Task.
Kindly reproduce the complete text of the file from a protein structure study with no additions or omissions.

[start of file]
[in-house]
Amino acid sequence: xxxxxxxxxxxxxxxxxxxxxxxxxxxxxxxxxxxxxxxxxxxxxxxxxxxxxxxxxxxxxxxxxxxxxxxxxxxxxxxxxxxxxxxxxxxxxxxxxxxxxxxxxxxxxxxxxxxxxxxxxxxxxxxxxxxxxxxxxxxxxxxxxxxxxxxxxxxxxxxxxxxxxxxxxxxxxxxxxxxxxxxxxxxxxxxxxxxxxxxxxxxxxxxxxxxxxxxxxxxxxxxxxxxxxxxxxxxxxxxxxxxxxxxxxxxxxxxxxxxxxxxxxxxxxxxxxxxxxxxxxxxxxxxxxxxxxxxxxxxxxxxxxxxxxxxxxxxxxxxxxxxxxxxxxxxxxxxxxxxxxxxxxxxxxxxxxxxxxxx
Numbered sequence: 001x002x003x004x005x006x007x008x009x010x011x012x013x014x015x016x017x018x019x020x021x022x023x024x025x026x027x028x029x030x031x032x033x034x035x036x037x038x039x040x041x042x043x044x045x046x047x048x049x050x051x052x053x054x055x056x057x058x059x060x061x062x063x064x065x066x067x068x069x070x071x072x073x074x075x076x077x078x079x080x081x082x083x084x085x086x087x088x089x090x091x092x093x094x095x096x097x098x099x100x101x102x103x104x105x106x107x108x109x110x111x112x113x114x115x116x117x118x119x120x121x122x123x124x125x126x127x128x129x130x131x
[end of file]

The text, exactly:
[in-house]
Amino acid sequence: xxxxxxxxxxxxxxxxxxxxxxxxxxxxxxxxxxxxxxxxxxxxxxxxxxxxxxxxxxxxxxxxxxxxxxxxxxxxxxxxxxxxxxxxxxxxxxxxxxxxxxxxxxxxxxxxxxxxxxxxxxxxxxxxxxxxxxxxxxxxxxxxxxxxxxxxxxxxxxxxxxxxxxxxxxxxxxxxxxxxxxxxxxxxxxxxxxxxxxxxxxxxxxxxxxxxxxxxxxxxxxxxxxxxxxxxxxxxxxxxxxxxxxxxxxxxxxxxxxxxxxxxxxxxxxxxxxxxxxxxxxxxxxxxxxxxxxxxxxxxxxxxxxxxxxxxxxxxxxxxxxxxxxxxxxxxxxxxxxxxxxxxxxxxxxxxxxxxxxx
Numbered sequence: 001x002x003x004x005x006x007x008x009x010x011x012x013x014x015x016x017x018x019x020x021x022x023x024x025x026x027x028x029x030x031x032x033x034x035x036x037x038x039x040x041x042x043x044x045x046x047x048x049x050x051x052x053x054x055x056x057x058x059x060x061x062x063x064x065x066x067x068x069x070x071x072x073x074x075x076x077x078x079x080x081x082x083x084x085x086x087x088x089x090x091x092x093x094x095x096x097x098x099x100x101x102x103x104x105x106x107x108x109x110x111x112x113x114x115x116x117x118x119x120x121x122x123x124x125x126x127x128x129x130x131x